6. The Labour Court by award dated 21.07.1984 answered the Reference in favour of Bhagirath Singh. The Labour Court held that firstly, the respondent had continuously worked for more than 240 days in one calendar year and, therefore, entitled for protection of the labour laws;
Secondly, no enquiry was conducted by the Bank before his termination;
Thirdly, he was not paid any retrenchment compensation as provided under Section 25 (F) of the ID Act prior to his termination and, therefore, it is a case of illegal termination; and lastly, since no evidence was led by the Bank to prove that he was gainfully employed elsewhere, he was entitled to claim full back wages.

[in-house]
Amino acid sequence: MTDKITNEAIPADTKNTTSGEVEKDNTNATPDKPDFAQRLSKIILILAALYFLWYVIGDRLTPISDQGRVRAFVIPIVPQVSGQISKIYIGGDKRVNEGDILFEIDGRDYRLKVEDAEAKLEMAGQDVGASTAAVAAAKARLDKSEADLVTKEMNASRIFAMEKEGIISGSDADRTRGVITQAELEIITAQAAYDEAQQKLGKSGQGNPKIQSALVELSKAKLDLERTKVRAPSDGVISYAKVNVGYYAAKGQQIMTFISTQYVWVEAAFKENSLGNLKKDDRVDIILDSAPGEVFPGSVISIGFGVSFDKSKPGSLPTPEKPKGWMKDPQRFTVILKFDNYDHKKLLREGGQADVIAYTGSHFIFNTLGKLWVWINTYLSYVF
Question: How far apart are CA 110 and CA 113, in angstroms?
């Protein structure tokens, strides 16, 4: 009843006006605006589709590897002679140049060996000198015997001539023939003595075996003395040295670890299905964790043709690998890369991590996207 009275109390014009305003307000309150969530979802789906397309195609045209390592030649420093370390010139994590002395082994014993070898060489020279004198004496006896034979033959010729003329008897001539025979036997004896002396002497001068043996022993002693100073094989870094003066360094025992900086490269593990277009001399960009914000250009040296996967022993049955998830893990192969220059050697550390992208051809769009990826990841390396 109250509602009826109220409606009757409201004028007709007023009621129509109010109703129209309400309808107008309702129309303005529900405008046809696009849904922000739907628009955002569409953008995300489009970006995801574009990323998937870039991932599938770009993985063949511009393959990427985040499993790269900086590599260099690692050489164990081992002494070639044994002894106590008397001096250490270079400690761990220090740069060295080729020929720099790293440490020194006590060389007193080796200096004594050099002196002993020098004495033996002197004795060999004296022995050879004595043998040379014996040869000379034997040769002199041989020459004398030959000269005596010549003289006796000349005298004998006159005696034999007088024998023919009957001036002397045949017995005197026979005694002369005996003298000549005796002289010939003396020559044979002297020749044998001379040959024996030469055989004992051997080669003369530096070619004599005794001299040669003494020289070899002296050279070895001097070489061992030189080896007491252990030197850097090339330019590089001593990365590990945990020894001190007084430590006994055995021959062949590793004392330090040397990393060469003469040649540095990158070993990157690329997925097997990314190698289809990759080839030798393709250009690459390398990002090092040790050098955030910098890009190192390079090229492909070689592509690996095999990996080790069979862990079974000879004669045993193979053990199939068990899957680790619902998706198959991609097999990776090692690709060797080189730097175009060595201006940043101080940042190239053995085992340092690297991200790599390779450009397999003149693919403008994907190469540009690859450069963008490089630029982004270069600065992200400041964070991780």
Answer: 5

With these findings, the Labour Court set aside the termination order and directed for reinstatement of Bhagirath Singh in service with payment of full back wages. The Bank then on 10.01.1985 allowed Bhagirath Singh to join as Clerk and he accordingly joined the services pursuant to the award passed by the Labour Court.
7. Bhagirath Singh then filed a Civil Suit No. 61/1986 in the Court of Munsif (1st class), Sikar against the Bank for a declaration and grant of mandatory injunction to claim relief of seniority, regularization and salary etc. after joining the services. The Bank as defendant contested the suit. By Judgment/decree dated 05.12.1989, the Civil Judge dismissed the suit. Bhagirath Singh, felt aggrieved by the dismissal of the suit, filed writ petition being W.P. No. 1418 of 1990 in the High Court. The Single Judge, by order dated 13.02.1996, dismissed the writ petition. Bhagirath Singh felt aggrieved and filed intra court appeal (D.B. Civil Special Appeal (Writ) No. 1467/1997) before the Division Bench.